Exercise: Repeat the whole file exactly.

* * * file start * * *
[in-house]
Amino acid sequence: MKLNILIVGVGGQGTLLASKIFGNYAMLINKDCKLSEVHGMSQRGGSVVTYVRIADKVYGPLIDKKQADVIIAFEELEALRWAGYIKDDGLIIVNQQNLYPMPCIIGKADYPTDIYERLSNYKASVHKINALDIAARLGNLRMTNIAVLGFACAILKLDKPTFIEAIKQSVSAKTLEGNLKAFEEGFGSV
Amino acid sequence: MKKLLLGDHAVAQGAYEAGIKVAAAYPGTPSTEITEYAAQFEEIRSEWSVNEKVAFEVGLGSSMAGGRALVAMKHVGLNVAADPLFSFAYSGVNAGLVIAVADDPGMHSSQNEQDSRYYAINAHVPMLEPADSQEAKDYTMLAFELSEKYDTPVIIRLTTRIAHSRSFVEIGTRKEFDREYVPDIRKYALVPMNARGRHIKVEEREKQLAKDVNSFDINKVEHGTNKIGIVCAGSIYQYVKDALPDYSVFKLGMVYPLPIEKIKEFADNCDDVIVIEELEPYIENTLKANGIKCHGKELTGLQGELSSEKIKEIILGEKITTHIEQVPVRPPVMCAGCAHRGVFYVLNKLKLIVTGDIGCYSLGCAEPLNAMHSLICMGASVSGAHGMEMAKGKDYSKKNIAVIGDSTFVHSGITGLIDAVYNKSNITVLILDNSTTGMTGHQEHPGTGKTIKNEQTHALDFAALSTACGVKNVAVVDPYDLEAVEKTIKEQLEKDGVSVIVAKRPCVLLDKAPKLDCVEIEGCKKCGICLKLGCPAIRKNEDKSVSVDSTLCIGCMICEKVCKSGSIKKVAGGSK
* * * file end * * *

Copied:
[in-house]
Amino acid sequence: MKLNILIVGVGGQGTLLASKIFGNYAMLINKDCKLSEVHGMSQRGGSVVTYVRIADKVYGPLIDKKQADVIIAFEELEALRWAGYIKDDGLIIVNQQNLYPMPCIIGKADYPTDIYERLSNYKASVHKINALDIAARLGNLRMTNIAVLGFACAILKLDKPTFIEAIKQSVSAKTLEGNLKAFEEGFGSV
Amino acid sequence: MKKLLLGDHAVAQGAYEAGIKVAAAYPGTPSTEITEYAAQFEEIRSEWSVNEKVAFEVGLGSSMAGGRALVAMKHVGLNVAADPLFSFAYSGVNAGLVIAVADDPGMHSSQNEQDSRYYAINAHVPMLEPADSQEAKDYTMLAFELSEKYDTPVIIRLTTRIAHSRSFVEIGTRKEFDREYVPDIRKYALVPMNARGRHIKVEEREKQLAKDVNSFDINKVEHGTNKIGIVCAGSIYQYVKDALPDYSVFKLGMVYPLPIEKIKEFADNCDDVIVIEELEPYIENTLKANGIKCHGKELTGLQGELSSEKIKEIILGEKITTHIEQVPVRPPVMCAGCAHRGVFYVLNKLKLIVTGDIGCYSLGCAEPLNAMHSLICMGASVSGAHGMEMAKGKDYSKKNIAVIGDSTFVHSGITGLIDAVYNKSNITVLILDNSTTGMTGHQEHPGTGKTIKNEQTHALDFAALSTACGVKNVAVVDPYDLEAVEKTIKEQLEKDGVSVIVAKRPCVLLDKAPKLDCVEIEGCKKCGICLKLGCPAIRKNEDKSVSVDSTLCIGCMICEKVCKSGSIKKVAGGSK